Traumatic central cord syndrome

Etiology, management, and outcomes

Sanjay Yadla, Paul Klimo, James Harrop

Research output: Contribution to journalReview article

5 Citations (Scopus)

Abstract

Traumatic central cord syndrome, the most common spinal cord injury syndrome, typically presents in elderly patients after a hyperextension injury. It is a clinical diagnosis, defined by weakness involving the upper more than lower extremities following a hyperextension cervical injury. Its etiology has been the subject of various pathophysiological hypotheses. The neurologic outcome for this disease is generally favorable, with the majority of patients showing significant neurological improvement over time. There is, however, continued debate over the optimal timing of surgical intervention. This review focuses on the pathophysiology, surgical and medical management, and outcomes of traumatic central cord syndrome.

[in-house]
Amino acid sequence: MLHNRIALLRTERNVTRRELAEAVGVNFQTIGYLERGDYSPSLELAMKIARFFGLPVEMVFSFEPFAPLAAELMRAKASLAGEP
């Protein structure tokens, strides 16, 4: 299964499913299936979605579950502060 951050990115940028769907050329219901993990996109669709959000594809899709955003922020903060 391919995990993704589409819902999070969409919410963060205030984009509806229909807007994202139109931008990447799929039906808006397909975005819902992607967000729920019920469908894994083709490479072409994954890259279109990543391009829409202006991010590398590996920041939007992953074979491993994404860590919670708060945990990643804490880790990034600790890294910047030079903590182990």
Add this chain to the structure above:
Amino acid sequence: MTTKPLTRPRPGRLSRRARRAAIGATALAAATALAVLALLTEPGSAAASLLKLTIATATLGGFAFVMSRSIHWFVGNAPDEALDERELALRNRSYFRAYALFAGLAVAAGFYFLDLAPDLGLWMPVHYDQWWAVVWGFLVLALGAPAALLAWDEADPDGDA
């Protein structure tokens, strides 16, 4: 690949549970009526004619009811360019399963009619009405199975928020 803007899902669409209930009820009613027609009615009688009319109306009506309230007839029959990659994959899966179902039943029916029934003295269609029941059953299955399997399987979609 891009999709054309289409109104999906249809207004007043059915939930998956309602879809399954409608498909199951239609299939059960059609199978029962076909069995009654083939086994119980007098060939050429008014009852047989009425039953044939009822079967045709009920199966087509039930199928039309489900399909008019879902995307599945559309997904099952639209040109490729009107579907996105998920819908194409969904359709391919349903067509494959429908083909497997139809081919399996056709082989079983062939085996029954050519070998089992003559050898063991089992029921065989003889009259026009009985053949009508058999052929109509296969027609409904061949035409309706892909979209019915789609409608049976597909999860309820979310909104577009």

Original languageEnglish (US)
Pages (from-to)73-84
Number of pages12
JournalTopics in Spinal Cord Injury Rehabilitation
Volume15
Issue number3
DOIs
StatePublished - Jan 1 2010

Fingerprint

Central Cord Syndrome
Wounds and Injuries
Nervous System Diseases
Spinal Cord Injuries
Lower Extremity

All Science Journal Classification (ASJC) codes

  • Physical Therapy, Sports Therapy and Rehabilitation
  • Rehabilitation
  • Clinical Neurology

Cite this

Traumatic central cord syndrome : Etiology, management, and outcomes. / Yadla, Sanjay; Klimo, Paul; Harrop, James.

In: Topics in Spinal Cord Injury Rehabilitation, Vol. 15, No. 3, 01.01.2010, p. 73-84.

Research output: Contribution to journalReview article

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